Gospel Doctrine Podcast 25- Psalms (u)

I’m on the road, so the podcast and notes are a little bit rougher this week.

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Partial Transcript
Notes and References

Three most quoted OT books in NT? Deuteronomy, Isaiah, and Psalms

Mark 15:34 and Matthew 27:46-”Eloi, Eloi, lema sabachthani, my God my God, why hast thou forsaken me?” comes from Psalm 22:1. (Hebrew is azavtani, Aramaic is shvaqthani, which is what we have transliterated in the NT Greek.)

Psalm 22:16 “a band of evil doers has surrounded me, they pierced my hands and my feet” though I should point out that the Hebrew there is quite difficult and it may read differently.
Psalm 22:18, “they part my garments among them and cast lots for my clothing.”

Hebrews 1:13 says “But to which of the angels has he said at anytime, ‘sit at my right hand until I make your enemies your footstool?’”quoting Psalm 110.

Matt 26:30/Mark 14:26, during the last supper, the apostles sang a hymn. We don’t have to wonder what that was, because traditionally at Passover, Jews sing or recite Psalms 113-118, a grouping known as the Hallel

Psalms = tehillim or “praises”, like hallelujah “praise yahweh”

See Kevin Barney, “Understanding Old Testament Poetry” Ensign, June 1990. Read it!
Kevin is on the board of FAIR and blogs at ByCommonConsent.

Psalm 119 is an acrostic. Psalm 9-10 likely was one too.

References- Adele Berlin The Dynamics of Biblical Parallelism; Robert Alter, The Book of Psalms and The Art of Biblical Poetry; James Kugel, The Idea of Biblical Poetry;
Donald Parry’s, The Book of Mormon Reformatted according to Parallelistic Patterns. (Review here)

Psalms as Israelite Hymbook, like our Hymnbook

1) Written at different times by different people.
2) Borrowed or adapted hymns (Psalm 29 and Psalm 104)

“…my anticipation turned to dismay when I came to the conclusion of Peter Craigie’s article… on Psalm 29. He says, “The psalm was originally Canaanite; it had been modified for inclusion in Israel’s hymnbook simply by the replacement of the name Baal with the personal name of Israel’s God.” He also says, “Almost all scholars agree that Psalm 29′s background is Baal worship, as portrayed in the tablets from Ugarit.” I find this “scholarly” conclusion extremely blasphemous. Psalm 29 and all the psalms were written by holy men who were inspired by the Holy Spirit of God. David did not need to get his inspiration from the mythology of an evil, heathen god. He was inspired and anointed by the “Lord of glory and strength,” the Lord who “will bless His people with peace.” >> Excerpt from second similar letter- “After reading the editor’s comments about the 29th Psalm being similar to an Ugaritic psalm that was part of the Canaanites’ worship of Baal… Surely you do not want us to believe the Ugaritic text was inspired of God, or that David irresponsibly had this Psalm put down apart from the revelation of God. “For all scripture is given by inspiration of God” (2 Timothy 3:16). I believe the Holy Spirit protected our holy text from just this type of error. I take my stand against anything which disparages the reliability of the Bible. So I will not renew my subscription.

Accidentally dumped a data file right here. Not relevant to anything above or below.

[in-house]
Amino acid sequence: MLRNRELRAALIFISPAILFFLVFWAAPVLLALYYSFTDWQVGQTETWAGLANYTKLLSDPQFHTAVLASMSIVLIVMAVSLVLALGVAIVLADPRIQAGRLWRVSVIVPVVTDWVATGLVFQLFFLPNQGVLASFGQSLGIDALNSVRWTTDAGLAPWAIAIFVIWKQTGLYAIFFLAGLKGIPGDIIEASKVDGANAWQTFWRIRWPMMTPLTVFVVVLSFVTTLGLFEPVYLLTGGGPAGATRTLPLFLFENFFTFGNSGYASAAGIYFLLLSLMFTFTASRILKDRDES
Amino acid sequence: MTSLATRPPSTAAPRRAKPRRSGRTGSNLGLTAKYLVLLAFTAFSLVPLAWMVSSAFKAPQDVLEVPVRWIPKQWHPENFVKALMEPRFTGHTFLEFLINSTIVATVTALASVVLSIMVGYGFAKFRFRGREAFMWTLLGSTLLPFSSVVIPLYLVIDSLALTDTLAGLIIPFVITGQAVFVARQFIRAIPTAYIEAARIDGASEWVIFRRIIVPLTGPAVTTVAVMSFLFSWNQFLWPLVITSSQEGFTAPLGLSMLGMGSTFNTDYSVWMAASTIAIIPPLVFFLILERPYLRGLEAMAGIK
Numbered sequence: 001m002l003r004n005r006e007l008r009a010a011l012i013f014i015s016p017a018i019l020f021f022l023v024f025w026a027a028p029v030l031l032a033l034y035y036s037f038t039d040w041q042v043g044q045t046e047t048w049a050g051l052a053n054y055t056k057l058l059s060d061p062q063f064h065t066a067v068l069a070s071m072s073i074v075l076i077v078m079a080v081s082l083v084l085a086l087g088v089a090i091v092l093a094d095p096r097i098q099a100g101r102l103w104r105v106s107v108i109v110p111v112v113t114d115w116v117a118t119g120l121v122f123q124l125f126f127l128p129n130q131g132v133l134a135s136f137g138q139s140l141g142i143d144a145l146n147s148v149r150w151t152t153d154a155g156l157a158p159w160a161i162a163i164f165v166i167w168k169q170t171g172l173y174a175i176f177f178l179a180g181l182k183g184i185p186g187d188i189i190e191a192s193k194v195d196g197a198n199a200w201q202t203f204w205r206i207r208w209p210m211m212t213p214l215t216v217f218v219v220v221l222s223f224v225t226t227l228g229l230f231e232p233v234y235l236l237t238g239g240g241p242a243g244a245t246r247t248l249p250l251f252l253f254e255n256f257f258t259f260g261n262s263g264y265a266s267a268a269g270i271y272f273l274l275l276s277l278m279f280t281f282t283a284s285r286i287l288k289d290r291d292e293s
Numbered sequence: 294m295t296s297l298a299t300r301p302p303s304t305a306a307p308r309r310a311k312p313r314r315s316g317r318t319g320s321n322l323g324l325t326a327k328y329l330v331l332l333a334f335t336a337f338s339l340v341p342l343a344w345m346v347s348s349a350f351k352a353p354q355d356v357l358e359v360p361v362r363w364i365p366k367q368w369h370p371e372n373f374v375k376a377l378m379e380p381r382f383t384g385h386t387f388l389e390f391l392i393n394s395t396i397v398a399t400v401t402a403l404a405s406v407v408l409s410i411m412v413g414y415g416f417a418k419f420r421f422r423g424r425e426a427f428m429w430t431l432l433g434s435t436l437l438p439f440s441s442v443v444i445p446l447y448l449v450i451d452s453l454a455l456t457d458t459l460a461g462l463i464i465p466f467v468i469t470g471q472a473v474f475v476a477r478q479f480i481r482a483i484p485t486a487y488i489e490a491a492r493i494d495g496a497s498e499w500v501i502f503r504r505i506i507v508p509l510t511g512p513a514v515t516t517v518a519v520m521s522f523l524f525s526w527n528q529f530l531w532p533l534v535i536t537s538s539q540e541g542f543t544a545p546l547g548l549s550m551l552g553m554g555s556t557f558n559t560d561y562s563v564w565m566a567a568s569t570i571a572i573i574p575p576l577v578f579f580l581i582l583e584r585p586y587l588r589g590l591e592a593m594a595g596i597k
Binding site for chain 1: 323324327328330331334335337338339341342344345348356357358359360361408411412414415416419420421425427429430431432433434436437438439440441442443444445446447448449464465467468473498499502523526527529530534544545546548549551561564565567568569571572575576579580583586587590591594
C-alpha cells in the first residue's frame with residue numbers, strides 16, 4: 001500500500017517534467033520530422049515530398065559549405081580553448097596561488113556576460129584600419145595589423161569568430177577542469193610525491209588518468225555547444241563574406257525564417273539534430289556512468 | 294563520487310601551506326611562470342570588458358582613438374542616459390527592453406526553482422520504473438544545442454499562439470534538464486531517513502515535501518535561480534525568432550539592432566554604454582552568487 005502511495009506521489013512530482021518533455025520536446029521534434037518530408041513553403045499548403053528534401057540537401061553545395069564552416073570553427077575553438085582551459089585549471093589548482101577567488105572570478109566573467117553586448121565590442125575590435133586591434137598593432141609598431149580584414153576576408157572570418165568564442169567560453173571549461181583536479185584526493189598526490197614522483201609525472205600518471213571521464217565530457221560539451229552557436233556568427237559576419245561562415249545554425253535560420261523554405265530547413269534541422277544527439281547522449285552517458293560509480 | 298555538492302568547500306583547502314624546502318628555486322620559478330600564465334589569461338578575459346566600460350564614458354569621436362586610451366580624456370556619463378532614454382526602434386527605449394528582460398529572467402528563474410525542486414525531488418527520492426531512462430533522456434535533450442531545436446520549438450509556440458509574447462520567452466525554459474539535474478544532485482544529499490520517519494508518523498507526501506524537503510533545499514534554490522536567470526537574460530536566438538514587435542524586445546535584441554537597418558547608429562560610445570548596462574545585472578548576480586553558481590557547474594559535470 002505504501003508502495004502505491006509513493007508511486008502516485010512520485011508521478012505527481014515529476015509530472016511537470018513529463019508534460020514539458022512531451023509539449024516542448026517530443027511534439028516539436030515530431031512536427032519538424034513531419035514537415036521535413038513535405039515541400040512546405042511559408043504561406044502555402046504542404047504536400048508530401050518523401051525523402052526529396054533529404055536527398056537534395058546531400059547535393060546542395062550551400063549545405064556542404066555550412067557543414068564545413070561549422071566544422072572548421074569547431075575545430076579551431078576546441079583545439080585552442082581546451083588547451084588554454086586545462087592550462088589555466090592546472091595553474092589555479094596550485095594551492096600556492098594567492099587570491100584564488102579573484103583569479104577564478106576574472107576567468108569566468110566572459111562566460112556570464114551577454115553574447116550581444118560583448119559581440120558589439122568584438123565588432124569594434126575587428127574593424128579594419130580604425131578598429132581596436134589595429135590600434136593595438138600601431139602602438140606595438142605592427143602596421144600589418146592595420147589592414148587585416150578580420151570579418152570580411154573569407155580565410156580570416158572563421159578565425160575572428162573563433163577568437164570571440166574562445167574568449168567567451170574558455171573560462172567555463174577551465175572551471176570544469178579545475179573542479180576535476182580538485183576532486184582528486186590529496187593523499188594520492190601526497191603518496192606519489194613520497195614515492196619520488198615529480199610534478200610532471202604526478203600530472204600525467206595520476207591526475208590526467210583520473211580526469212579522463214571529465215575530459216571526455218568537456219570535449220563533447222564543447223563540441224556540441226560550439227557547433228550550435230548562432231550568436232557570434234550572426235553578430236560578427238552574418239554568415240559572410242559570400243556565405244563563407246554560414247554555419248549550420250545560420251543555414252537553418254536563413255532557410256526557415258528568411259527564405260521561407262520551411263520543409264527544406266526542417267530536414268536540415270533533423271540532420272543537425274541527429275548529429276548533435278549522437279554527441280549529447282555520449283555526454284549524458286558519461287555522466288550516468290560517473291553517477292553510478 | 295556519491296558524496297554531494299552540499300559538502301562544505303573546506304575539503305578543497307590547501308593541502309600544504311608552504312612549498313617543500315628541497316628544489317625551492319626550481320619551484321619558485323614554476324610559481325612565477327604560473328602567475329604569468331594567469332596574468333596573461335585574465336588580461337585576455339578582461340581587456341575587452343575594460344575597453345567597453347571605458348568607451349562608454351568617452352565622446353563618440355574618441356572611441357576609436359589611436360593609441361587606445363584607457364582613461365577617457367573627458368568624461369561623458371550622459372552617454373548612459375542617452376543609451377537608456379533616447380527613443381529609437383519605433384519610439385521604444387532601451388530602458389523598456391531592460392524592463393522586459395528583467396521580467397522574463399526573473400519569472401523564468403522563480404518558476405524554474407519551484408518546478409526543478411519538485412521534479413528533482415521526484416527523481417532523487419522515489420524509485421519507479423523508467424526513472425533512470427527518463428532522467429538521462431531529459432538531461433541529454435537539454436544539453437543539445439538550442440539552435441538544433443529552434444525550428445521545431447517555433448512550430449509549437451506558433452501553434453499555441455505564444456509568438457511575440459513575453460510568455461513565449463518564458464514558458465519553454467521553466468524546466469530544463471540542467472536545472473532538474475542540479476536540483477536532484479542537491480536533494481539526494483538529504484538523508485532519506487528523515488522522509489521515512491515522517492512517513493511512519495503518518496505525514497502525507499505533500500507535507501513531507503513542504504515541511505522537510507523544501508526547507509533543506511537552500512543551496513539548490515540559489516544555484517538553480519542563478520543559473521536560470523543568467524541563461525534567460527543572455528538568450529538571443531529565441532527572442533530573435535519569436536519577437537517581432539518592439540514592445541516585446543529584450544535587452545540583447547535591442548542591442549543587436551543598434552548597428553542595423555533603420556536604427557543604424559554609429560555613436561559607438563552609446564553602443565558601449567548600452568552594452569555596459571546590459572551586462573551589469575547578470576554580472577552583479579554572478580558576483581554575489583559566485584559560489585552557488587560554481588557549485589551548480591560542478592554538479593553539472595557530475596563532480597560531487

3) Sometimes contain doctrinally “odd” things. (Psalm 93 and 3rd creation account)
4) Modifications over time to make them more comfortable/orthdox
(Compare Psalm 29 with 96; Our hymn 51, Sons of Michael he Approaches. Blogpost; I am a Child of God changes from “know” to “do” )
5) Performed at various times, rituals, or occasions.

Kingship psalms- 2, 110.
Songs of Ascent.

“The psalms in the Old Testament have a special food for the soul of one in distress.” President Benson, “Do Not Despair,” Ensign, October 1986.

Quotes of Note: Elder Maxwell on Increasing Faith
Marketing to the faithful
The most important, most overlooked, most easy and most superlative tool in scripture study: Part 3 (updated)
Quotes of Note- Joseph Smith on Easter and Mormonism